Review by J.T. Johnson
ORIGINAL RELEASE DATE: November 22, 1989
DIRECTOR: Robert Zemeckis
CINEMATOGRAPHY: Dean Cundey
WRITERS: Robert Zemeckis, Bob Gale
MUSIC: Alan Silvestri
Originally, writers Robert Zemeckis and Bob Gale did not want to do a sequel to “Back to the Future”. The gag at the end featuring the flying DeLorean was just a last joke for the audience. However, due to the massive success of the first film, Universal Pictures definitely wanted another film in the franchise.
When Zemeckis and Gale realized that the studio was going to move forward with a sequel, they decided to go ahead and move forward with it themselves. Initially, they wrote one massive screenplay that featured all of the elements found in the second and third films. When Spielberg read the script, the three of them understood that the movie needed to be split into two films with the intent to shoot them back-to-back.
The second film deals primarily with the ending of the first movie. Marty McFly (Michael J. Fox), Doc Brown (Christopher Lloyd), and Marty’s girlfriend Jennifer (Elizabeth Shue) travel 30 years into the future to the year 2015. While there, Doc knocks Jennifer out and explains to Marty that his future son will do something that will cause irreparable harm to Marty’s family.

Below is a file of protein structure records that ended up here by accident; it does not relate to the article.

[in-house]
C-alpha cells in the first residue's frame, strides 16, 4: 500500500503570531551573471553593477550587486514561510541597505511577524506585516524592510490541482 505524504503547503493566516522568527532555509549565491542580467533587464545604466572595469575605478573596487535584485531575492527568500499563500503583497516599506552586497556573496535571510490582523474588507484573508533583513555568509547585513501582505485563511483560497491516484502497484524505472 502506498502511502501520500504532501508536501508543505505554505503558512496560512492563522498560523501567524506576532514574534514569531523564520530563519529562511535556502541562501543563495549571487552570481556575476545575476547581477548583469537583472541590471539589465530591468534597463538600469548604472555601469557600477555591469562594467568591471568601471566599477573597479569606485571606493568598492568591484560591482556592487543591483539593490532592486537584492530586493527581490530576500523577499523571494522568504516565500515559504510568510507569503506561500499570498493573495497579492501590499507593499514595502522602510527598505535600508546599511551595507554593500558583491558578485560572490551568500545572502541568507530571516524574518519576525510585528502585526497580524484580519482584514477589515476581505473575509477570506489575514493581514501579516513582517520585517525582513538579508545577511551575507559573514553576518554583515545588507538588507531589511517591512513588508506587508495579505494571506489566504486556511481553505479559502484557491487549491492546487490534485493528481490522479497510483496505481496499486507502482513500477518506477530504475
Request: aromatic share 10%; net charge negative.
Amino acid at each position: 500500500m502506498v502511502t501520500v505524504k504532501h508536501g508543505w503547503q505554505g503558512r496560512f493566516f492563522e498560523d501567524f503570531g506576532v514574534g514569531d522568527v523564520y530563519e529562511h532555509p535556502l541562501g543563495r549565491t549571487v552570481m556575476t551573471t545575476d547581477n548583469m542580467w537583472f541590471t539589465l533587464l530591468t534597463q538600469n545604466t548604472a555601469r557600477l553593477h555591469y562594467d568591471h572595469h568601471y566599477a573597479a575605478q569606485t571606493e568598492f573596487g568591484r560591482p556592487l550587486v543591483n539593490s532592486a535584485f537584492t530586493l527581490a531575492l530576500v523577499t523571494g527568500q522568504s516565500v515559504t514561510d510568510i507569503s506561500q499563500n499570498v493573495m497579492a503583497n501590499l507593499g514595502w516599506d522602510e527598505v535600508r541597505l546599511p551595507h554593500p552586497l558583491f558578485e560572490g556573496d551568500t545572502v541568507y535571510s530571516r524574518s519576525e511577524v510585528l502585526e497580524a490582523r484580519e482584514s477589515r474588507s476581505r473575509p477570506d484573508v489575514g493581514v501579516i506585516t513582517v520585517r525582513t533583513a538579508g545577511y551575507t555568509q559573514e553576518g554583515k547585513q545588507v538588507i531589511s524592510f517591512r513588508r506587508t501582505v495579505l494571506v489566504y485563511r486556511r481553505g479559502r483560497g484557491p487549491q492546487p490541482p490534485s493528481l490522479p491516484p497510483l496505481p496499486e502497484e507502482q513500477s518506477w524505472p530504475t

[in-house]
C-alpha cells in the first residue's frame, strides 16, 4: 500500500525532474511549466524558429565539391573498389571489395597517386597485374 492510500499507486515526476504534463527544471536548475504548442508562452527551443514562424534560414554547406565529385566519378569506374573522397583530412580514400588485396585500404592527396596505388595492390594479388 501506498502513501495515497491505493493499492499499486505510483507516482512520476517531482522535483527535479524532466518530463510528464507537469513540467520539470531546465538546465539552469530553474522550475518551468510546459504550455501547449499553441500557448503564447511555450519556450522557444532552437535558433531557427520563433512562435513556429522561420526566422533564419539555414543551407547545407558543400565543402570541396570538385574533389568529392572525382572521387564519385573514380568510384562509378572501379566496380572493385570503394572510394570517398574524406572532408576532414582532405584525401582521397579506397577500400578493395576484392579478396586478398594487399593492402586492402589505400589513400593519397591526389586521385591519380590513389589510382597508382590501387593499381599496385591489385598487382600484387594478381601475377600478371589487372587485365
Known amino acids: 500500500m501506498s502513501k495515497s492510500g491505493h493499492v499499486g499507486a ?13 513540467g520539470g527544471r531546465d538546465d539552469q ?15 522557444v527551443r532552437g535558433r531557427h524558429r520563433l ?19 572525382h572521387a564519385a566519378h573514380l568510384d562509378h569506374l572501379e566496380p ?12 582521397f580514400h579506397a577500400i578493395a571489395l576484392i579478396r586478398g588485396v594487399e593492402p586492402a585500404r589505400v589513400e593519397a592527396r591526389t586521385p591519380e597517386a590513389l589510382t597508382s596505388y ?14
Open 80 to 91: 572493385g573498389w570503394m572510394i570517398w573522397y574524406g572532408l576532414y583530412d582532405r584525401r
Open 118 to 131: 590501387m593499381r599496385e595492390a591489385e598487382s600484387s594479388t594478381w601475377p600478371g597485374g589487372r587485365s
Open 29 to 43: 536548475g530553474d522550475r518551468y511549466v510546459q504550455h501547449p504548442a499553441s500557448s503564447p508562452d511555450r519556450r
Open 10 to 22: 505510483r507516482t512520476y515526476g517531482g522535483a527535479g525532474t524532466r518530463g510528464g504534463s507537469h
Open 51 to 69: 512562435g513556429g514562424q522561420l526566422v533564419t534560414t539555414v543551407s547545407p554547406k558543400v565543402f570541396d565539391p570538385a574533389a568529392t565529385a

Once Marty deals with this situation, he attempts to buy a book that will give him the scores to every game over the next 30 years. Doc stops Marty from doing this, but they are overheard by old Biff who steals the book, travels back to 1955 and gives it to his younger self. Once Doc and Marty discover this, they head back into the events of the first film in order to retrieve the book and stop Biff’s rise to power in an alternate 1985.
That is the thing that makes this film unique among film sequels. With the time travel element, “Back to the Future Part II” is able to let its characters examine the events of the first film from different angles. Part of the fun of this film is that we get to see Marty and Doc not only witness the first film, but also watch as they have to dodge their past selves so as not to distort the time-space continuum any further than they already have.
The cast is once again strong, though I must admit that without Crispin Glover’s involvement, Lea Thompson doesn’t have much to do here as Lorraine. Still, Fox and Lloyd are as great together here as they were in the first film. Once again, the strong relationship between these two characters is one of the biggest reasons you’re cheering them on.
The only other slight problem that I have with the movie is that it does rely on its time travel gimmick more than either of the other films. It feels as though Gale and Zemeckis wanted to have more fun with their time machine than with the story. Still, despite this, they do manage to turn out a pretty fun story that successfully leaves the door open for the third and final entry in the “Back to the Future” trilogy and it is definitely the strongest of the two sequels.